Paul Korda (1948 – March 11, 2020) was an English singer, songwriter, and producer who issued a string of ’60s-era singles, including the 1969 ecological number “Seagull,” also recorded by Love Sculpture.
In 1970, he co-fronted the brass-rock big band Dada for one album on Atco. His first solo album, Passing Stranger, appeared in 1971 on MAM with backing by Ray Russell and Forever More. During the ’70s, he played on albums by Rare Bird and Roger Daltery. His second solo album, Dancing in the Aisles, appeared on Janus in 1978.
He was born Paul Kunstler in Singapore to Shirley Green and Tibor Kunstler. Green (aka Shirley Lenner) was an actress and singer of British origin, best known for her starring role in the 1942 comedy-drama Those Kids From Town. Tibor was a Hungarian classical violinist who studied at the Franz Liszt Conservatory of Music in Budapest. Due to their busy lives and separation, Korda was sent to boarding school at age five.
Korda started on piano and wrote his first musical at age nine. At 13, he won a scholarship to Victoria College on the Isle of Jersey, where he joined The Intruders, a local proto-beat group.
1960s Singles, Credits
In 1966, Korda debuted with the EMI Columbia single “Go On Home” (b/w “Just Come Closer to Me”). He performed regularly at the Soho folk club Les Cousins along with fellow up-and-comers Sandy Denny and Cat Stevens.
At 19, he signed a publishing deal with Immediate Records, established by Rolling Stones manager Andrew Loog Oldham. Korda penned “The Time Has Come,” a 1967 UK hit for London-based American soul singer P.P. Arnold. An Italian translation, “Se Perdo Te,” was a Top 20 hit in Italy for singer Patty Pravo. Korda broke from Immediate over Oldham’s shady practices.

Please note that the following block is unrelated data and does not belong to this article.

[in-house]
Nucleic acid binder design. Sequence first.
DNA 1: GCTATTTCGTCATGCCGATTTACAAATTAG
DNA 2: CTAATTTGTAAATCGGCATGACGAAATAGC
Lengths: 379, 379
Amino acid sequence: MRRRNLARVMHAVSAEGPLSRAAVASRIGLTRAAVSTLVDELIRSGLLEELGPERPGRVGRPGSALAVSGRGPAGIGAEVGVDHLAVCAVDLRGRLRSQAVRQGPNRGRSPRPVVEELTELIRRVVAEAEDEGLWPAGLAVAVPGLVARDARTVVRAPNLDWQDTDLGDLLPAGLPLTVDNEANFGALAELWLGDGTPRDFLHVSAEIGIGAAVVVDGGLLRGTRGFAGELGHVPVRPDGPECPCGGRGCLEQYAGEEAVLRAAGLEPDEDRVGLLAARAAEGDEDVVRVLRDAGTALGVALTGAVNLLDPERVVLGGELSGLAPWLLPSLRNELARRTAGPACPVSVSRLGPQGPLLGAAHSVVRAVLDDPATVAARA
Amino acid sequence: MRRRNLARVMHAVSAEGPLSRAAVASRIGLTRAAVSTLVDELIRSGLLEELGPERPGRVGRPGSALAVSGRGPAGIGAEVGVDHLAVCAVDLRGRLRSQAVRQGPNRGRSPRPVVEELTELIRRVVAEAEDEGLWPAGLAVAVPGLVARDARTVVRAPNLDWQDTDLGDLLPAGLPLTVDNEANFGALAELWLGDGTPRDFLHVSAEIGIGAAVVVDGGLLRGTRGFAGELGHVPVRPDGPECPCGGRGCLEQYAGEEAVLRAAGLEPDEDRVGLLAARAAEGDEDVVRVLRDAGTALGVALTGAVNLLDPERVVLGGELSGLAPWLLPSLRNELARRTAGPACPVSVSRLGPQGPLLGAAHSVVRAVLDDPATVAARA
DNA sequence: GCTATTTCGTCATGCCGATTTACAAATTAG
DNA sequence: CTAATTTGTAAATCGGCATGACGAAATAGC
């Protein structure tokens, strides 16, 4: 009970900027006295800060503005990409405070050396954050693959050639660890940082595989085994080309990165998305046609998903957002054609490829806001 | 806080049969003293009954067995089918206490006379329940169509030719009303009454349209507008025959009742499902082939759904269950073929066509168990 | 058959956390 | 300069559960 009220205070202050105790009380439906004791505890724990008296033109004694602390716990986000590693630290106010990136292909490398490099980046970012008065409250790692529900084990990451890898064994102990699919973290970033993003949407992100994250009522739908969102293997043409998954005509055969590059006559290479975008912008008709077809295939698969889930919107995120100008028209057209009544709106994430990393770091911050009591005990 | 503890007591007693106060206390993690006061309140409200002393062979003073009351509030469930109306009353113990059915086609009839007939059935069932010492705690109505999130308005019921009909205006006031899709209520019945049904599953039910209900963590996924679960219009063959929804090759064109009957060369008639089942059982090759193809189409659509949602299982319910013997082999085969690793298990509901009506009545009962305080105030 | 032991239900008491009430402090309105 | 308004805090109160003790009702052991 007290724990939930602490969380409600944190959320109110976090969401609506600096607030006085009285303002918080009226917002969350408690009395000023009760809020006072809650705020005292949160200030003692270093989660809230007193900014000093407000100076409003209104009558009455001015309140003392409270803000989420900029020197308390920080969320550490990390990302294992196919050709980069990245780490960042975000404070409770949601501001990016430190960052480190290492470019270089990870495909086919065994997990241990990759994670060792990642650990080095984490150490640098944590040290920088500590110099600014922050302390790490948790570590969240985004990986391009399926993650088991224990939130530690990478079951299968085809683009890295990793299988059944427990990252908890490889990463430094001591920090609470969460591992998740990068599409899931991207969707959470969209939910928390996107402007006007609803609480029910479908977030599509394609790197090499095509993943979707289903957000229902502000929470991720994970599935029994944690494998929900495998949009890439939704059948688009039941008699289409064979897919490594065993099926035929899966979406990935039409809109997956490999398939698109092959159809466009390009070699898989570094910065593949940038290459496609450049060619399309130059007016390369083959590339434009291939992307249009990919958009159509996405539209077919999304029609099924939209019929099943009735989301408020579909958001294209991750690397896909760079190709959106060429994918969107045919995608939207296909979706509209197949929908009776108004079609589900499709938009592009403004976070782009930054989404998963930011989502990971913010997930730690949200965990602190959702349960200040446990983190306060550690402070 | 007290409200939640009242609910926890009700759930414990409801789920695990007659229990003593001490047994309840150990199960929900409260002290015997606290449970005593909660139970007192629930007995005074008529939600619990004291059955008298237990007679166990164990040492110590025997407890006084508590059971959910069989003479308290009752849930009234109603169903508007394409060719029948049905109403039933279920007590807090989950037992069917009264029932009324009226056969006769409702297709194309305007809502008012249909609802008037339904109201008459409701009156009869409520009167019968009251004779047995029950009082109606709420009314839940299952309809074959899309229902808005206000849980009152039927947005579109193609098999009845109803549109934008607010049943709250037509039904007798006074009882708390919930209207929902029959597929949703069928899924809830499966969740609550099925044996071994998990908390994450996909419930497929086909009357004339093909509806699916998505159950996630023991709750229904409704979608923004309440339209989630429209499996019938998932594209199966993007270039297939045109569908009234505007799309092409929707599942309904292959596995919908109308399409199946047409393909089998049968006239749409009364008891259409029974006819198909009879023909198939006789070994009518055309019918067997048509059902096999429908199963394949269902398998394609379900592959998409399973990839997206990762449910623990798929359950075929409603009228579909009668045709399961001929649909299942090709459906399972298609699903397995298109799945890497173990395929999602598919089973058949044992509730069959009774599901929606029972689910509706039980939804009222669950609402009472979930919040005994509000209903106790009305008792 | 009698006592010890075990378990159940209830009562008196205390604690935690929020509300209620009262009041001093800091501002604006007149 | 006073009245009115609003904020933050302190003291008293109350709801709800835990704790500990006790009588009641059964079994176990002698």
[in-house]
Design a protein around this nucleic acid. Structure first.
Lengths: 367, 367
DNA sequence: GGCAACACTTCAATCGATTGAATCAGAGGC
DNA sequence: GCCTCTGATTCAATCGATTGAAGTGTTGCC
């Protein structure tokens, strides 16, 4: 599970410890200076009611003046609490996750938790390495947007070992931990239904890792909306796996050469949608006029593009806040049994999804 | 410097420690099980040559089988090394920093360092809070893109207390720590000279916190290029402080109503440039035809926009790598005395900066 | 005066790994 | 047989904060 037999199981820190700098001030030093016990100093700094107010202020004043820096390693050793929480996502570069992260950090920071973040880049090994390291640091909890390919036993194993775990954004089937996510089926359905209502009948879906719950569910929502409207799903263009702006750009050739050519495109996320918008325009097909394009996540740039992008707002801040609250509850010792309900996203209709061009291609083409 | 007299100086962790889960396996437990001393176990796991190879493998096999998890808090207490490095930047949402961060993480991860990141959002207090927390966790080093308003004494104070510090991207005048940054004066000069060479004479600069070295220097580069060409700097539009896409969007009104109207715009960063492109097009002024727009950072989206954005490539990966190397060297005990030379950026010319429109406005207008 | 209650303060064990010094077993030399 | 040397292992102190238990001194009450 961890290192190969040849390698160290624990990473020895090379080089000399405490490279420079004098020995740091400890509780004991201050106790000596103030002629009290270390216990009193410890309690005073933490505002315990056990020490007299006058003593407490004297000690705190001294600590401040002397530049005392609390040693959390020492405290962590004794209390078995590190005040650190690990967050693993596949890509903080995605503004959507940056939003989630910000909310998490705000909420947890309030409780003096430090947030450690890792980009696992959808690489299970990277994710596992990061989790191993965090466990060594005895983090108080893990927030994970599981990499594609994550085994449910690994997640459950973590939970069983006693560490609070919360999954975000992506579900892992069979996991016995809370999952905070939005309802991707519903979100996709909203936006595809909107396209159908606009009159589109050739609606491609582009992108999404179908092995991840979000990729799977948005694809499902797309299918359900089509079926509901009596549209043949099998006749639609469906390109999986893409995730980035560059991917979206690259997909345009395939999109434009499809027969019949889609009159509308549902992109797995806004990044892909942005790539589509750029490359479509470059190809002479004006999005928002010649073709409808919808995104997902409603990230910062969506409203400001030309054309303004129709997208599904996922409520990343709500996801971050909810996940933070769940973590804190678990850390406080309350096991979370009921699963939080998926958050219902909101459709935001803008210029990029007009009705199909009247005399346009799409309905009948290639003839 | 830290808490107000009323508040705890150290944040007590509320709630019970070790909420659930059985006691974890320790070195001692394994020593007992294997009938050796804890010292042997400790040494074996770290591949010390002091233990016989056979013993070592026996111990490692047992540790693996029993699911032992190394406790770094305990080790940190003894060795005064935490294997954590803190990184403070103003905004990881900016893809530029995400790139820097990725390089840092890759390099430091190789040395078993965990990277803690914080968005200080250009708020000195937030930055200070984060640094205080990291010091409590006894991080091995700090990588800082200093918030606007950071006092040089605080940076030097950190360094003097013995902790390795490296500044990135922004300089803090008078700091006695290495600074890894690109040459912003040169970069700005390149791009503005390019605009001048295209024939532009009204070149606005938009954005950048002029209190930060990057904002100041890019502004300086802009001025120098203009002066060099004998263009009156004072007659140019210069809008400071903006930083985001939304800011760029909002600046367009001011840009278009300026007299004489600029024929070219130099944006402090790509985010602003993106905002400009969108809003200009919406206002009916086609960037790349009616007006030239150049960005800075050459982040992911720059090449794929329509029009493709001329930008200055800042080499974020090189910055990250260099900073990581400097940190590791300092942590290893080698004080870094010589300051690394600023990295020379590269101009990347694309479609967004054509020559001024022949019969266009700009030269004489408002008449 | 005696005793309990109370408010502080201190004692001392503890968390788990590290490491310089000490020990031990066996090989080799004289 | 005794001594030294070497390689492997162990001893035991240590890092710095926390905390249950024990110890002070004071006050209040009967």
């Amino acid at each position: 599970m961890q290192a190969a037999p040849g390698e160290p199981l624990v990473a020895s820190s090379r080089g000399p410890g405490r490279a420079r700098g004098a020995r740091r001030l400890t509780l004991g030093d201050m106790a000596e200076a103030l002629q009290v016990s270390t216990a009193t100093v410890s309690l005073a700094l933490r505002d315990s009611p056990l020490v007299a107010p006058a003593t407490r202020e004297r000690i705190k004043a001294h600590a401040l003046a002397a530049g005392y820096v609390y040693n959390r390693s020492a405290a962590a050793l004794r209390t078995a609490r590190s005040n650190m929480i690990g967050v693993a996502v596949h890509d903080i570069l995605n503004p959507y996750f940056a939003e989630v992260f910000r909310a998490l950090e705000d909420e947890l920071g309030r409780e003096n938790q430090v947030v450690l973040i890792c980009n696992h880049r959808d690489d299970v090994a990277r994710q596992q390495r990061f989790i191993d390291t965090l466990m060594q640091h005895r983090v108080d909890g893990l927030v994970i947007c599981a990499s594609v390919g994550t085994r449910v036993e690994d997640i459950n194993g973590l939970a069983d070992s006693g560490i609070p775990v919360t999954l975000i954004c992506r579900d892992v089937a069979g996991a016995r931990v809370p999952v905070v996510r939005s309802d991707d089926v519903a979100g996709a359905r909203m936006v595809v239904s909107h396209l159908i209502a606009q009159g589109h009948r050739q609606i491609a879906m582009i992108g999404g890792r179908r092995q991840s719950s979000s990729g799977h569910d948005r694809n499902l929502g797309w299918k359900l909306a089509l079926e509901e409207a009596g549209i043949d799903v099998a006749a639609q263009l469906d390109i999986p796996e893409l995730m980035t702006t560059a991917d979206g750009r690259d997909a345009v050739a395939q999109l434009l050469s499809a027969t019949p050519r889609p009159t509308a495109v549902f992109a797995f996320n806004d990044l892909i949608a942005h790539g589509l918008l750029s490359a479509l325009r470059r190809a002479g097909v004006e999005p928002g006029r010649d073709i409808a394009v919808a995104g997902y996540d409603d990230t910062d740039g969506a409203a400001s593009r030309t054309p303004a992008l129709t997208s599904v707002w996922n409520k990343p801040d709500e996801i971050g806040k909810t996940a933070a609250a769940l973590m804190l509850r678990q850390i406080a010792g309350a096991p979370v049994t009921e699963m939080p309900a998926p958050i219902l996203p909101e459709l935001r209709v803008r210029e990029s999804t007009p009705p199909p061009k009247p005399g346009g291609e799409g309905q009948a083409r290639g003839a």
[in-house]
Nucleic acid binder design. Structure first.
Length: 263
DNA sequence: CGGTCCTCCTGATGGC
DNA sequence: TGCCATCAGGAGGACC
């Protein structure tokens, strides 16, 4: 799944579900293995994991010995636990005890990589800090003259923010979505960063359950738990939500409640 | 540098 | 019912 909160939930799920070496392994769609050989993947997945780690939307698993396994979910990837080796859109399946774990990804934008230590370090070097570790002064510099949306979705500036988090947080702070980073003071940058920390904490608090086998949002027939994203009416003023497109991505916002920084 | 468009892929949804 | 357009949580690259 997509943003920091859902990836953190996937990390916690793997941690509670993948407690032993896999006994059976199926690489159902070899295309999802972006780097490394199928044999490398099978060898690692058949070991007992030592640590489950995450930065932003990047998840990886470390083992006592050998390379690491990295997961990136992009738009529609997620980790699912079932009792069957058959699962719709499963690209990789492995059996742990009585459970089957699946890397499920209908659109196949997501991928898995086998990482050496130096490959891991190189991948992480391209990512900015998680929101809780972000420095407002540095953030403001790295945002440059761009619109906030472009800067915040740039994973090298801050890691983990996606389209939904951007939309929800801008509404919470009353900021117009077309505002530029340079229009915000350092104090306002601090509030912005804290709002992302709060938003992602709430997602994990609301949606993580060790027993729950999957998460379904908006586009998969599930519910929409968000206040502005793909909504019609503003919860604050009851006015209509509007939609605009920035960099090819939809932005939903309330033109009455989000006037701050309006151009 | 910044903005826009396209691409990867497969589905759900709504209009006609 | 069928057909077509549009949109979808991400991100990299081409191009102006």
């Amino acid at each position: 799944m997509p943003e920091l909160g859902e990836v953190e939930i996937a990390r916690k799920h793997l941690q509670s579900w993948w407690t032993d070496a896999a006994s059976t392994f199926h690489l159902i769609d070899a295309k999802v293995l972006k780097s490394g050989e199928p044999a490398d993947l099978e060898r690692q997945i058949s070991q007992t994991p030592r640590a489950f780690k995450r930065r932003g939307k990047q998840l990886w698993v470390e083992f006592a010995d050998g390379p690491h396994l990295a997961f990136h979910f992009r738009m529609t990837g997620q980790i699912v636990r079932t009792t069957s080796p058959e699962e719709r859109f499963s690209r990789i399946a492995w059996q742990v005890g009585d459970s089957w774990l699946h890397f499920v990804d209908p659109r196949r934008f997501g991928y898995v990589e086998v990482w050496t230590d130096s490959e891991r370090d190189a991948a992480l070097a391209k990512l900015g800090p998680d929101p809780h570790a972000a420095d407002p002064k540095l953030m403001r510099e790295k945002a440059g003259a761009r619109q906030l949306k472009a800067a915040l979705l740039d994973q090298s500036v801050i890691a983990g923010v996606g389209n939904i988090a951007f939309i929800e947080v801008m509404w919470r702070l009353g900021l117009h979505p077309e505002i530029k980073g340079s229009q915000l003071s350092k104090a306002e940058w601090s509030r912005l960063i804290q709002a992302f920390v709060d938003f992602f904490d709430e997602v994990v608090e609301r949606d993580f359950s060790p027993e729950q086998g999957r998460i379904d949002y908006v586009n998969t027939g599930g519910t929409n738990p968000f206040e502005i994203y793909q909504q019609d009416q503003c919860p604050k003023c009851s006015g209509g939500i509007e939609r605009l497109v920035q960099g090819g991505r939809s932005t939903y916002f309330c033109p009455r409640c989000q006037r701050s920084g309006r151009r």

In 1968, Korda teamed with singer/songwriter Tim Andrews, formerly of the freakbeat bands Le Fleur de Lys and Ruperts People. They issued three joint 1968/69 singles on Parlophone:
- “Smile If You Want To” / “Makin’ Love to Him”
- “Angel Face” / “Waiter Get Me a Drink”
- “How Many More Hearts Must Be Broken” / “Discovery”
Meanwhile, Korda produced 1968 singles for David Morgan, Still Life, and American singer/actor Andy Forray, co-writing the latter’s b-side “Epitaph to You.” Korda and Forray acted together in the Shaftesbury Theatre staging of the counterculture musical Hair. Also in 1968, Korda produced and wrote three songs — “(The Autobiography Of) Mississippi Hobo,” “Sonata of Love,” “All of the Time” — for singer Hans Christian, who soon gained world renown as Yes frontman Jon Anderson.
In 1969, Korda produced the album Are You Samson by the brass-psych band Samson. His second solo single was the 1969 Parlophone release “Seagull,” an ecological number subtitled in certain media as “The West Coast Oil Tragedy of ’68.” That and the b-side, “The Night of the Next Day,” feature string arrangements by Phil Dennys (Jade, Hardin & York, Colin Blunstone). “Seagull” was covered that year by Welsh power-trio Love Sculpture.
In 1970, Korda surfaced as one of three vocalists in Dada, a brass-rock big band that featured keyboardist Don Shinn, Trinidadian singer Jimmy Chambers, and the husband/wife team of guitarist Pete Gage (ex-Zephyrs) and veteran pop vocalist Elkie Brooks. Dada released a self-titled album that year on ATCO Records. Korda wrote six of the album’s 11 songs. He left on the brink of a US tour over musical differences. They toured instead with ex-Alan Bown Set singer Robert Palmer and eventually morphed into soul-rockers Vinegar Joe.
Also in 1970, Korda assembled 20 elderly pensioners for the protest single “Give Us the Right to Live,” released as the O.A.P’s on Paramount Pictures-subsidiary Famous Music.
- Passing Stranger (1971)
- Dancing in the Aisles (1978)
- “Smile If You Want To” / “Makin’ Love to Him” (1968 • Tim Andrews & Paul Korda)
- “Angel Face” / “Waiter Get Me a Drink” (1968 • Tim Andrews and Paul Korda)
- “How Many More Hearts Must Be Broken” / “Discovery” (1969 • Tim Andrews and Paul Korda)
- “Seagull” / “The Night of the Next Day” (1969)
- “Between the Road” / “English Country Garden” (1971)
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